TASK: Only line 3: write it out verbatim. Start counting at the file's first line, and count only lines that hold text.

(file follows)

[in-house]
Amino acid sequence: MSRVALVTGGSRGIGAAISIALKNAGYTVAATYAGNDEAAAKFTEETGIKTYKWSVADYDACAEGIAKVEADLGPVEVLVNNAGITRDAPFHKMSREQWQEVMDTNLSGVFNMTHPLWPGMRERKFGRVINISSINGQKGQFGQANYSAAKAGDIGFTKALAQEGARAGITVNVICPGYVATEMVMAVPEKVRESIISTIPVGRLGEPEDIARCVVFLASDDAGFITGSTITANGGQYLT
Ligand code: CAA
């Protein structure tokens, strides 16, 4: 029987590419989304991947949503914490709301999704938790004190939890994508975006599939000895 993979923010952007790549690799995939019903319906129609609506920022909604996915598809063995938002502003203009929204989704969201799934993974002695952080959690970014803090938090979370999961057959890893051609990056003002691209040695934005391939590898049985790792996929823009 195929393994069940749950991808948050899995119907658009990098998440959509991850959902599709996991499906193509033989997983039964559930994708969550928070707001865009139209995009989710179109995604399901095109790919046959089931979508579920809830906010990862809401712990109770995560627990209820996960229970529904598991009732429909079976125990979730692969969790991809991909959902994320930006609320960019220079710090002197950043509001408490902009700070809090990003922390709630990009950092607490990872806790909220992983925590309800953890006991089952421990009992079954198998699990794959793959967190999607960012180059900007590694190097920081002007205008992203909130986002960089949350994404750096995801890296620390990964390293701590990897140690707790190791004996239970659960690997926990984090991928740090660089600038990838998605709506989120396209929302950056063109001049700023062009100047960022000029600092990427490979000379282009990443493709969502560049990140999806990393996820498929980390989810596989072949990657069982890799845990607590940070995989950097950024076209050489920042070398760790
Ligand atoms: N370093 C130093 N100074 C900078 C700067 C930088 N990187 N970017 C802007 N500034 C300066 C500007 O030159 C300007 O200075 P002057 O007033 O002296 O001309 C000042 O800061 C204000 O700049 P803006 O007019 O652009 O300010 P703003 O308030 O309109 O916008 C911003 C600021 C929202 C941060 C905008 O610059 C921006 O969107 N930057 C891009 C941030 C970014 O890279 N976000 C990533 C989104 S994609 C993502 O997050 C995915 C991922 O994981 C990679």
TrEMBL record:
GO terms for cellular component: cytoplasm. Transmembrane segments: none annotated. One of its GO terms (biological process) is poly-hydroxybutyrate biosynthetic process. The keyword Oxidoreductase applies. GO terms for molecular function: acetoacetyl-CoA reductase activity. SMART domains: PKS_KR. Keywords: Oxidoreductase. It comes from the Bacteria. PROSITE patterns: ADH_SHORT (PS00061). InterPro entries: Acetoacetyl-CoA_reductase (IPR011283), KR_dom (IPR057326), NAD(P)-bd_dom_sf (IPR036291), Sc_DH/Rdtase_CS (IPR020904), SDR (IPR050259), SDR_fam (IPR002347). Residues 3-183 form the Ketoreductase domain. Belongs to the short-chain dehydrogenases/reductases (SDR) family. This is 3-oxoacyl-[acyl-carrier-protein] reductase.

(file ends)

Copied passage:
Ligand code: CAA